There are a number of reasons likely to be driving this transference, but key among them are the ability to select so many different brands and options online, whereas TV shopping is much more confined.

Price comparison sites and additional consumer information available online is also another competitive advantage for online versus television.

Others that have asserted that television shopping must be entertaining are absolutely on target. Television shopping that is fast paced with occasional celebrity endorsements will survive in the short run, but without this component, the exodus will continue.

W. Frank Dell II
Guest
14 years 9 months ago

TV Home Shopping like every format…only the strong will survive. The issues here are too many channels and competition from the INTERNET. Just like Department Stores, this format will not go away, but is unlikely to grow. Online shopping is the growth area for the foreseeable future.

Camille P. Schuster, PhD.
Guest
14 years 9 months ago

Every idea that has success with consumers generates similar ideas. Only the ones that are creating their product or service with consumer insight will survive because they understand the consumers and meet their needs. Not all forms of the same idea hit the consumer sweet spot equally as well. Consumers don’t always want more of the same – their favorite will do just fine.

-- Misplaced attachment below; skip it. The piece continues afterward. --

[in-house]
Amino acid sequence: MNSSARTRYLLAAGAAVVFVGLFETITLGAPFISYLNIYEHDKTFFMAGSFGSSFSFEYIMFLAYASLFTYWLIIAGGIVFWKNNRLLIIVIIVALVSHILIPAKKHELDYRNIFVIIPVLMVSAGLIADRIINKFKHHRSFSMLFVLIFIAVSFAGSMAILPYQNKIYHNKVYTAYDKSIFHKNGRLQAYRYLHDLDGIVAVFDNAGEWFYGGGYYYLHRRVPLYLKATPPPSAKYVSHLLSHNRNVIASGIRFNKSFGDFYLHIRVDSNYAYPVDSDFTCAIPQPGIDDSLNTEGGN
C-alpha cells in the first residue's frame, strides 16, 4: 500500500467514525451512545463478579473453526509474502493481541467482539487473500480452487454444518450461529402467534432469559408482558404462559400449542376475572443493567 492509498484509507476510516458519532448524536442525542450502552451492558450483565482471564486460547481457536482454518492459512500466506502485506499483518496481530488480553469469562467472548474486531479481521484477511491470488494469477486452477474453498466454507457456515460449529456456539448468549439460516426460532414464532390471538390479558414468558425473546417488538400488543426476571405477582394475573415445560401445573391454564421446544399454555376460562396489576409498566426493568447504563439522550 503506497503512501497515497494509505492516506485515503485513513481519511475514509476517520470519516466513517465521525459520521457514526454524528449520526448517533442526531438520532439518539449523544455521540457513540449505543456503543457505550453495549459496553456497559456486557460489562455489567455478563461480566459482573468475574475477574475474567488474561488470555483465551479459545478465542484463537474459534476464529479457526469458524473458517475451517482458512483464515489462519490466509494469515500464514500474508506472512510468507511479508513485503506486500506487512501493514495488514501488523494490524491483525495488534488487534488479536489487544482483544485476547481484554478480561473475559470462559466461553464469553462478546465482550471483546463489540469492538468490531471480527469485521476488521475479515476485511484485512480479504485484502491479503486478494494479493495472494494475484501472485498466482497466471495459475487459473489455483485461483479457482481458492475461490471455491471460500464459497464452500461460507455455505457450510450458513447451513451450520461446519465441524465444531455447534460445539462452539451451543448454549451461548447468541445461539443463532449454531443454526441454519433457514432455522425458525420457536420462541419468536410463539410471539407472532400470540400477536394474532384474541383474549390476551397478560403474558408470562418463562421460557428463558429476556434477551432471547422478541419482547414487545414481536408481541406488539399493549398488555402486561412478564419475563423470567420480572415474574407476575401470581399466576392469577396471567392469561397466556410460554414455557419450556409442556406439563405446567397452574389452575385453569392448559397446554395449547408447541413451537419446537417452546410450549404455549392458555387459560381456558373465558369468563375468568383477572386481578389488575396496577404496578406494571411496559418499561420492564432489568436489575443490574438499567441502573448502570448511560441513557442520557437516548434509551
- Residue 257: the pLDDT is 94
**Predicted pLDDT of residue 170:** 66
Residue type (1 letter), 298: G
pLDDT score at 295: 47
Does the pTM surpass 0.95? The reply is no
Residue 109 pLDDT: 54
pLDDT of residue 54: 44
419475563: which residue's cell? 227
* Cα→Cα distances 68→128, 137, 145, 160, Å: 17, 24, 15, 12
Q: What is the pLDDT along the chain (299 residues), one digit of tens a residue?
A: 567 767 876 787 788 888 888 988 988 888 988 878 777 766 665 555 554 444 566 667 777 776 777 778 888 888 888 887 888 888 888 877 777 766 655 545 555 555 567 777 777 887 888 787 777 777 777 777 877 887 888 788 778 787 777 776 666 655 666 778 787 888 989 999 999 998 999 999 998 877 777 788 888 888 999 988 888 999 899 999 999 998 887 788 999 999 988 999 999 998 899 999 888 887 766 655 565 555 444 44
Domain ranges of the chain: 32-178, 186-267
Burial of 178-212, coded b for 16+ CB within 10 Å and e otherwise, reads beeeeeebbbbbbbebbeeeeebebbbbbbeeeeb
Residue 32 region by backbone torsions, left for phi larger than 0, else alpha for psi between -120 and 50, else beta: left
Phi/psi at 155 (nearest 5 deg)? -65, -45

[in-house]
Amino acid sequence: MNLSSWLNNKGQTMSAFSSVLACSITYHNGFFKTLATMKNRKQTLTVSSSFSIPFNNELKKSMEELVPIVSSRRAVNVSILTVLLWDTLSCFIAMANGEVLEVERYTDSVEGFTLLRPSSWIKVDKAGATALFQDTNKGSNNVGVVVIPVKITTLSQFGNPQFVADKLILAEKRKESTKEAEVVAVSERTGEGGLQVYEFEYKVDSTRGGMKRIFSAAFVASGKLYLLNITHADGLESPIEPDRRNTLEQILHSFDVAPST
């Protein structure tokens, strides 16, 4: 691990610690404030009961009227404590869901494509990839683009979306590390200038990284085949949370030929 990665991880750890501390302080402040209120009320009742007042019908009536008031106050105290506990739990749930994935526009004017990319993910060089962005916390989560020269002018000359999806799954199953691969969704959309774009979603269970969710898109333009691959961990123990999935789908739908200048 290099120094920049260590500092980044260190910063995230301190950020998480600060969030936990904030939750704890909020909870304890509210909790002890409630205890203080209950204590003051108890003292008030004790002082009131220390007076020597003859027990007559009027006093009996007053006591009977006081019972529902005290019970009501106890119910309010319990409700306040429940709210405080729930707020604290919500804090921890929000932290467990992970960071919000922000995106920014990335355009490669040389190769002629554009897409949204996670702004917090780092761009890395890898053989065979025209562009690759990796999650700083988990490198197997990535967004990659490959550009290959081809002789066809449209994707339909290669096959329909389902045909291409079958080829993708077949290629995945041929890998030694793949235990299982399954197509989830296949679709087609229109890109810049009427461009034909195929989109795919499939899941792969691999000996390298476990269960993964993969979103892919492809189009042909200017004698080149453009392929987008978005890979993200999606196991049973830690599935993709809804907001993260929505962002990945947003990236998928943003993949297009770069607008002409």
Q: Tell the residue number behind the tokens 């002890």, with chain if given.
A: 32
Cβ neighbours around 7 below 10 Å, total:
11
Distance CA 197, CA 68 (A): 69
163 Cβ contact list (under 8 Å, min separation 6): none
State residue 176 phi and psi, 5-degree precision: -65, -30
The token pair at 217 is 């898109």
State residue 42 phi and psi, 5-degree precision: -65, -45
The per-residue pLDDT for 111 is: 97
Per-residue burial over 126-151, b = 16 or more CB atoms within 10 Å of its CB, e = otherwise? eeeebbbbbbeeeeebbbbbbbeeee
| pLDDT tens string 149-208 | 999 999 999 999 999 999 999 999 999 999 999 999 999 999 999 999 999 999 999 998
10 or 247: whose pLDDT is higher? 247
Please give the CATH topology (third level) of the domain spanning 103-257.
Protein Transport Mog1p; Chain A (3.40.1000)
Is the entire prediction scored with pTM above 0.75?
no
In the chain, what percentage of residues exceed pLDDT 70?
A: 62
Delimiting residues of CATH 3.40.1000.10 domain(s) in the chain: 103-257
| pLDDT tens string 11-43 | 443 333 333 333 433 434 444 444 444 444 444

Dan Raftery
Guest
14 years 9 months ago

I’ve always been bothered by the terminology used to described this use of the broadcast medium. This is not shopping. It does deliver impulse sales and some valuable market research, but it is closer to the reality and game show experience. I think the audience for this type of entertainment is being diluted across glitzier TV options such as American Idol and Deal or No Deal, not the Internet.

Mark Lilien
Guest
14 years 9 months ago

Home shopping would grow faster if (1) the values were better (2) the entity running the show would give profit participation to the cable companies and (3) if the shows had entertainment value. Unfortunately, the current lineup keeps repeating the same poor values with minimal entertainment value. So the business will grow at a mature pace until some creativity arrives.